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Japan The Internet Wireless Networking

Ericsson Trial 10Gbps 5G Mobile Broadband Network in Japan 53

Posted by samzenpus
from the greased-lightning dept.
Mark.JUK (1222360) writes "Japanese mobile operator NTT DOCOMO has announced that they'll make use of Ericsson's advanced antenna technologies and radio base stations in order to conduct one of the world's first trials of a possible 5G based Mobile Broadband technology in Yokosuka (Japan), which aims to deliver downstream speeds of more than 10 Gigabits per second using the 15GHz radio spectrum frequency. But this is just one possible candidate for 5G connectivity and many organizations are still working to try and define an official standard, while most countries don't expect the first services to be deployed until around the year 2020."
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Ericsson Trial 10Gbps 5G Mobile Broadband Network in Japan

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  • $12.50/second! (Score:3, Insightful)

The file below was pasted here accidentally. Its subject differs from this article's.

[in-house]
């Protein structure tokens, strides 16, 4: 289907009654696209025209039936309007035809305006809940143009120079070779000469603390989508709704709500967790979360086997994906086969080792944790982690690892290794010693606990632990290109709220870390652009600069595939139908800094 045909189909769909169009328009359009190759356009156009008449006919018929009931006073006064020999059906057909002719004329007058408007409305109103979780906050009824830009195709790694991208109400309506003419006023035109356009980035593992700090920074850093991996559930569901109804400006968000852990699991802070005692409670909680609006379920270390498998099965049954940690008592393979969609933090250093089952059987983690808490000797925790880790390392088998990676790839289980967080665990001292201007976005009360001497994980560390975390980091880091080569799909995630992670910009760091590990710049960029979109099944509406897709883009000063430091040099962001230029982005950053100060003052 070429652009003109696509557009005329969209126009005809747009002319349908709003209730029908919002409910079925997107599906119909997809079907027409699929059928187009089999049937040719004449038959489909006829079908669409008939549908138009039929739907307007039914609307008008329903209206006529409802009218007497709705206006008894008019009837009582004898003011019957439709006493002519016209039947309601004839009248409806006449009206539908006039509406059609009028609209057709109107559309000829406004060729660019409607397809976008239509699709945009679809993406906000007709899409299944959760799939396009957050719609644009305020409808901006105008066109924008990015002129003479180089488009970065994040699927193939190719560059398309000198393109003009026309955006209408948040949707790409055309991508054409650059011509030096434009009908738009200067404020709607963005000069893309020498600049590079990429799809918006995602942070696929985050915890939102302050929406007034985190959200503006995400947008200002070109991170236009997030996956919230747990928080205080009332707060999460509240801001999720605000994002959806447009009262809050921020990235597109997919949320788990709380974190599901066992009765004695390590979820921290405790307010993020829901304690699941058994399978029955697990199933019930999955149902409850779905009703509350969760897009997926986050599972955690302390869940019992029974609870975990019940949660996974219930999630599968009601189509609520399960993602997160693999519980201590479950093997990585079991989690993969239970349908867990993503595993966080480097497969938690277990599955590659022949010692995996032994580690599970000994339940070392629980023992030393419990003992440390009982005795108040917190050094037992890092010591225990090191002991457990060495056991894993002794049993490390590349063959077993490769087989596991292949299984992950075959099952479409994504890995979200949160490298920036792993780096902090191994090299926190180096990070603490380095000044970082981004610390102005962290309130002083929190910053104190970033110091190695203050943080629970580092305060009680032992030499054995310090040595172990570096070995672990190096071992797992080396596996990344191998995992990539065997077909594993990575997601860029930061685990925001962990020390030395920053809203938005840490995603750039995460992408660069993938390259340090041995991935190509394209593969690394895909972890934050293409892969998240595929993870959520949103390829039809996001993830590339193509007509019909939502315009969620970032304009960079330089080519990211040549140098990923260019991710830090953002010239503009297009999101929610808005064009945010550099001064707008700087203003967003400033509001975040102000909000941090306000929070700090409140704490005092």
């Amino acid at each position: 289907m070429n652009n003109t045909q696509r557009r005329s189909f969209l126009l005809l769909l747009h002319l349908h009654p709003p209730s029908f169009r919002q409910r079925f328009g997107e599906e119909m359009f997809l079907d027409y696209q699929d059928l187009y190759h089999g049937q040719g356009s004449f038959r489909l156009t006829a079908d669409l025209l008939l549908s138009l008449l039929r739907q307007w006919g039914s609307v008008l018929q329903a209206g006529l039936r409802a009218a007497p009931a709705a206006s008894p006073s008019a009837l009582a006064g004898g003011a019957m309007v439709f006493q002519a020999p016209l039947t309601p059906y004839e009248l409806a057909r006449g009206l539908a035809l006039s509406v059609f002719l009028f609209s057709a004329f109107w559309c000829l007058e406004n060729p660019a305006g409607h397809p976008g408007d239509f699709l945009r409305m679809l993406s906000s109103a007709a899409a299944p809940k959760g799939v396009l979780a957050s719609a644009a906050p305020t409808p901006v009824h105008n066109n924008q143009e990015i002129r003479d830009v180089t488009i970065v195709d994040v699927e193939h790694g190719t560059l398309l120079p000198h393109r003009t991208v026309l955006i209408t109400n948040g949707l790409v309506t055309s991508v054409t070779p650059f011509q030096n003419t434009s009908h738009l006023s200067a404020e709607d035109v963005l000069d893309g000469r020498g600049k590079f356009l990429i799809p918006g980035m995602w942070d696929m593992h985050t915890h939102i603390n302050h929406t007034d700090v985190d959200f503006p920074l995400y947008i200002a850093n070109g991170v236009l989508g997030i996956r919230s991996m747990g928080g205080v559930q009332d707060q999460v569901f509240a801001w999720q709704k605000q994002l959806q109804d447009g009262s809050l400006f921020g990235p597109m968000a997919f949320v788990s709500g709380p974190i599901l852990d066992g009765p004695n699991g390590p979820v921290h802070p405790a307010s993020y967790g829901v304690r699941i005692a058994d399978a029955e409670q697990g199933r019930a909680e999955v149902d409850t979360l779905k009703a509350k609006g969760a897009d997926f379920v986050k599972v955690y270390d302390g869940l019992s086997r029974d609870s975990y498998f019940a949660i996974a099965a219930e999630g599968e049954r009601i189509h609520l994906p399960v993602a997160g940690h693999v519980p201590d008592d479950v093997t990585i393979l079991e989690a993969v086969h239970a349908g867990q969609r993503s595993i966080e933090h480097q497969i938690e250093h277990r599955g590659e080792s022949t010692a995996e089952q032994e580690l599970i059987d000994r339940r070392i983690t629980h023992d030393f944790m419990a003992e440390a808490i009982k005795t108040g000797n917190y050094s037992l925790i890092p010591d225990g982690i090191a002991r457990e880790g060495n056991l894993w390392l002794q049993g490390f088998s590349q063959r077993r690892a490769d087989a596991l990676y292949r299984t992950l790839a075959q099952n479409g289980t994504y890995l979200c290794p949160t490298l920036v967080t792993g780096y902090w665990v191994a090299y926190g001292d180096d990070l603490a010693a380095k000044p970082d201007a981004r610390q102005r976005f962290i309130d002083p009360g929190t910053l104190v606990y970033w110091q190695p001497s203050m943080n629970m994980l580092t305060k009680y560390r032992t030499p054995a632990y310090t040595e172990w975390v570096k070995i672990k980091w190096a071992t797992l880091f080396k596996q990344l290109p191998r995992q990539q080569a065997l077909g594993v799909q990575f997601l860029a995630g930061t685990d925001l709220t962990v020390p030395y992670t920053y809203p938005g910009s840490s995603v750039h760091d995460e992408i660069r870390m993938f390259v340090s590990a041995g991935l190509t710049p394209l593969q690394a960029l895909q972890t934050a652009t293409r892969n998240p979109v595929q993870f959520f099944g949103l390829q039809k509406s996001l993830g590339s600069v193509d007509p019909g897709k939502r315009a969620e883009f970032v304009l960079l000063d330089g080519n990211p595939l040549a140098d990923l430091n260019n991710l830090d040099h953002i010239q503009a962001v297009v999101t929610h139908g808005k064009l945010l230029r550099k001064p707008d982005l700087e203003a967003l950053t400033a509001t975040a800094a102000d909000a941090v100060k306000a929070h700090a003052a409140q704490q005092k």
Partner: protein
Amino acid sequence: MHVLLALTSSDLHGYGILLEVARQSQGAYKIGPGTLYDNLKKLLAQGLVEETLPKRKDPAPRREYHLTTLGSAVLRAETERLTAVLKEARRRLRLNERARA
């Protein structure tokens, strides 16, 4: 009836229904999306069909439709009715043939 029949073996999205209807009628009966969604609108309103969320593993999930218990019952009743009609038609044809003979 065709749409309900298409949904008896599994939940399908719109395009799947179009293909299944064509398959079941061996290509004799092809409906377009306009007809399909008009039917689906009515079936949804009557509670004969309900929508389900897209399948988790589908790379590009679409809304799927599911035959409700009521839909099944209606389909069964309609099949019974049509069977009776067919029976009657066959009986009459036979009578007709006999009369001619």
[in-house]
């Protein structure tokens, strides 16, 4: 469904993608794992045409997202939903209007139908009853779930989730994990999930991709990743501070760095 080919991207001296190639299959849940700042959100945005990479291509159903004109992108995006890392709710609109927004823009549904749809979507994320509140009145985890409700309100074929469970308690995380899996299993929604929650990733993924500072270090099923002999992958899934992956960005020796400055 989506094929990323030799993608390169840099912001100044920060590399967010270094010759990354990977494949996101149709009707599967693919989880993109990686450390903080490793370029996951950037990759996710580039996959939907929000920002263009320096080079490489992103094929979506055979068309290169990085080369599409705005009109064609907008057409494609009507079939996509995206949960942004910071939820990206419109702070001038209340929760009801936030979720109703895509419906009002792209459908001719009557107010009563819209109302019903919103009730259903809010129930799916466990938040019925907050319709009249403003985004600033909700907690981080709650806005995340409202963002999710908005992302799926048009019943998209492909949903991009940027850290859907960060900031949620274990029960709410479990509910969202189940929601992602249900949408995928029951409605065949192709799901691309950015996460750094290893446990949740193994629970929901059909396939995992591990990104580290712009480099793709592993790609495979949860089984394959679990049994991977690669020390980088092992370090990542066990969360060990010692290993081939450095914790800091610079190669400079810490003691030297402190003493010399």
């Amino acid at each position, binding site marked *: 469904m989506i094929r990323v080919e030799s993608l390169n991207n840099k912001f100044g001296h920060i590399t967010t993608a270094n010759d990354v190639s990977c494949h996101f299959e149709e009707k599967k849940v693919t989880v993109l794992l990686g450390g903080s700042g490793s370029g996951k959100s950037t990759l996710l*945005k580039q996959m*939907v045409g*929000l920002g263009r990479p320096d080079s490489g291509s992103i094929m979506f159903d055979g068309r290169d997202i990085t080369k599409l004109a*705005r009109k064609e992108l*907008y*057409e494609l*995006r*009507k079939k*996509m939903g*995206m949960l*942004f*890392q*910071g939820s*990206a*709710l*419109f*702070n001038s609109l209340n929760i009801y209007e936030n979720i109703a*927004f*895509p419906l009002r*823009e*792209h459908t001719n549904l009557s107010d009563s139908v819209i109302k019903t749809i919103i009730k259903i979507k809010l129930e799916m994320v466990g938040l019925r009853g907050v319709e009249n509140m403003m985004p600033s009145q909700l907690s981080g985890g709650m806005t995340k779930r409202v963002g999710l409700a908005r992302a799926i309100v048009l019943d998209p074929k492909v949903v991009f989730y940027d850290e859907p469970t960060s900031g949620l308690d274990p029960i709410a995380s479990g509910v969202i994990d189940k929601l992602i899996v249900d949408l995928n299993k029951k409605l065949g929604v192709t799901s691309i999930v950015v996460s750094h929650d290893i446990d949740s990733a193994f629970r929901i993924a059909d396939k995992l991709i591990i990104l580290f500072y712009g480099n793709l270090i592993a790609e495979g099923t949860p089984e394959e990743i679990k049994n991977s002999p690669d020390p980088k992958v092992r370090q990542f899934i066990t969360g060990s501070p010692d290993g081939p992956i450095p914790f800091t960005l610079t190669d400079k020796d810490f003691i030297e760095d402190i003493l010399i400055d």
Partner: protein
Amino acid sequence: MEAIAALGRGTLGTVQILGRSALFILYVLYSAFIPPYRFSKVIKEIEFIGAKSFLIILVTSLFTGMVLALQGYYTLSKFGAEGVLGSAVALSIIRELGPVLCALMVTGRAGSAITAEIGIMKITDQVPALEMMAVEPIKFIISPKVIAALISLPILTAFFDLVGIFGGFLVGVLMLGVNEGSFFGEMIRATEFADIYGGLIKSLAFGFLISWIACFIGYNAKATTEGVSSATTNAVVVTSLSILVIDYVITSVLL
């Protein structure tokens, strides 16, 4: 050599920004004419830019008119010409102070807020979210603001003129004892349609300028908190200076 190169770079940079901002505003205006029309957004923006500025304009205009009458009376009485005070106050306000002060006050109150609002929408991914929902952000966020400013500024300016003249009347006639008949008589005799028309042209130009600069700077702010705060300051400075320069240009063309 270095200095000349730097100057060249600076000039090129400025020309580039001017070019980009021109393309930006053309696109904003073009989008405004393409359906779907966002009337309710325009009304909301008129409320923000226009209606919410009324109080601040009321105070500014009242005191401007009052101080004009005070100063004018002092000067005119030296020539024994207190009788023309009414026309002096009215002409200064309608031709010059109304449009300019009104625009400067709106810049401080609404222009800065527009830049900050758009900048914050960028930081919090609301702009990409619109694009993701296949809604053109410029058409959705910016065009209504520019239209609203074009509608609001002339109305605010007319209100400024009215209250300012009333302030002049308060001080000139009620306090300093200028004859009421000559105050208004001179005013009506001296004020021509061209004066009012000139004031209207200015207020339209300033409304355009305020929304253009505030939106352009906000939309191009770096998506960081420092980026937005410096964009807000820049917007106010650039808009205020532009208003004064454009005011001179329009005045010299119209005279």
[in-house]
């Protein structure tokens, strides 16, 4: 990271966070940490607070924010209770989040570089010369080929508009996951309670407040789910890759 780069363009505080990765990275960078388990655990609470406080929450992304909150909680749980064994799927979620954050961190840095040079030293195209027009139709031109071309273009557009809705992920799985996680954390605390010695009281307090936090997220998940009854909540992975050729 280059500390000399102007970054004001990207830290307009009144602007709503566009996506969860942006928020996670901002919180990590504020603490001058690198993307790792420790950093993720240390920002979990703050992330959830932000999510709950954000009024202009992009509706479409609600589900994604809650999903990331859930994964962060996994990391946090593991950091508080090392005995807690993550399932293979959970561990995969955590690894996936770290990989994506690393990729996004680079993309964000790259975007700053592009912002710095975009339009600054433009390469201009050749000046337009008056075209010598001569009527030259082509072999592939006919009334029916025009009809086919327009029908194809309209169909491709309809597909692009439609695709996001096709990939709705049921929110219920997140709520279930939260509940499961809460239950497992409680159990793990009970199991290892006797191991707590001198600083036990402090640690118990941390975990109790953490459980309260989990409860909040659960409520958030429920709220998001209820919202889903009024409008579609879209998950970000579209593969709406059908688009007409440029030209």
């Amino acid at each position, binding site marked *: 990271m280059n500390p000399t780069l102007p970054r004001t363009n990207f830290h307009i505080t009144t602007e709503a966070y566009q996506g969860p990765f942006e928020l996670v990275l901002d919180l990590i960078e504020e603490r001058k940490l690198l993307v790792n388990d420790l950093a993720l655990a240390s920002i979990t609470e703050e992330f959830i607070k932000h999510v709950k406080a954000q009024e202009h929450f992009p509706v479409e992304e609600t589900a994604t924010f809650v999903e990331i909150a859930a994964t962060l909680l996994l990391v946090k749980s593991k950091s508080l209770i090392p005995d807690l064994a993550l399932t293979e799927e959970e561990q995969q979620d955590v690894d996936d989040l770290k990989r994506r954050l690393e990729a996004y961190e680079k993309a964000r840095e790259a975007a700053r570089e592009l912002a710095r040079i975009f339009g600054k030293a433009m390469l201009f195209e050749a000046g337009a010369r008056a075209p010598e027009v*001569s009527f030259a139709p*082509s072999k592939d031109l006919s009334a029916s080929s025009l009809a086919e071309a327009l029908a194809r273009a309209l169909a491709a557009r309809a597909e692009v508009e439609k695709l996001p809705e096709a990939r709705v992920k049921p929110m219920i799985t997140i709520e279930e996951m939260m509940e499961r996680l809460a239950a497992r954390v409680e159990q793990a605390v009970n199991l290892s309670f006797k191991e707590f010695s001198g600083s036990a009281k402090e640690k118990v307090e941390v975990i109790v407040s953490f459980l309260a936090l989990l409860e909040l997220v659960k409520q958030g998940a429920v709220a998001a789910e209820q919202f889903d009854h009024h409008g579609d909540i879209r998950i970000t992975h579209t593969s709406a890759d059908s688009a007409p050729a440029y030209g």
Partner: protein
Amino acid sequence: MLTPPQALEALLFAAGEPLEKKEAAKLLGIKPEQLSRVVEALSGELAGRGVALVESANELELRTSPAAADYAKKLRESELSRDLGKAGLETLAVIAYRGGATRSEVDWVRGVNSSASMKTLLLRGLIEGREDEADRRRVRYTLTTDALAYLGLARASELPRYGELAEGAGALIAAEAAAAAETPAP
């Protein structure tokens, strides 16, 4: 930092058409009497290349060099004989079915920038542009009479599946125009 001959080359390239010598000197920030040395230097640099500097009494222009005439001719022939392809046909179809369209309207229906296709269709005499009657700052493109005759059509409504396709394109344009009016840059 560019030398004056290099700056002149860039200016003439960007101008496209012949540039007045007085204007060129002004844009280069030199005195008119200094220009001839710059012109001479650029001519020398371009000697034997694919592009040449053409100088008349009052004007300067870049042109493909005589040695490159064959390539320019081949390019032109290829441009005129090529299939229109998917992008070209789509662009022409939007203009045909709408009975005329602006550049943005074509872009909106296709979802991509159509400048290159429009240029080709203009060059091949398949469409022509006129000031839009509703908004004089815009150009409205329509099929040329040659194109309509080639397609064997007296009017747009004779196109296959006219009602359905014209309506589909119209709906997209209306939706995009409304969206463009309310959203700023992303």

by Anonymous Coward on Monday May 12, 2014 @02:18PM (#46982305)

    At Verizon's current sell rates for data, 10 Gbps downstream would cost around $12.50 per second. It would cost less for the first few gigs per month because they are selling plans with almost-reasonable per-gig costs now with their "2x more" campaign. So even on the charitable side, if they gave you 100 gigs (gigaBYTES) of data for $2 per gigabyte -- a price that is lower than anything any carrier currently offers aside from grandfathered unlimited plans -- you'd be burning $2.50 per second while downloading at full tilt. You'd exhaust your 100 GB pre-paid data chunk in 40 seconds.

    Those of you who think there's no way they'd have the same cost per gigabyte in a 5G world, think again: the "overage" charge per gigabyte has been fixed at $10/GB for a very, very long time now, and it doesn't seem like it's going to change. The only way to get slightly lower per-GB costs is to buy a lot of data in advance, but even their highest tier plan is not "a lot", and it's still way too expensive to be practical for anything but light web surfing.

The most exciting phrase to hear in science, the one that heralds new discoveries, is not "Eureka!" (I found it!) but "That's funny ..." -- Isaac Asimov

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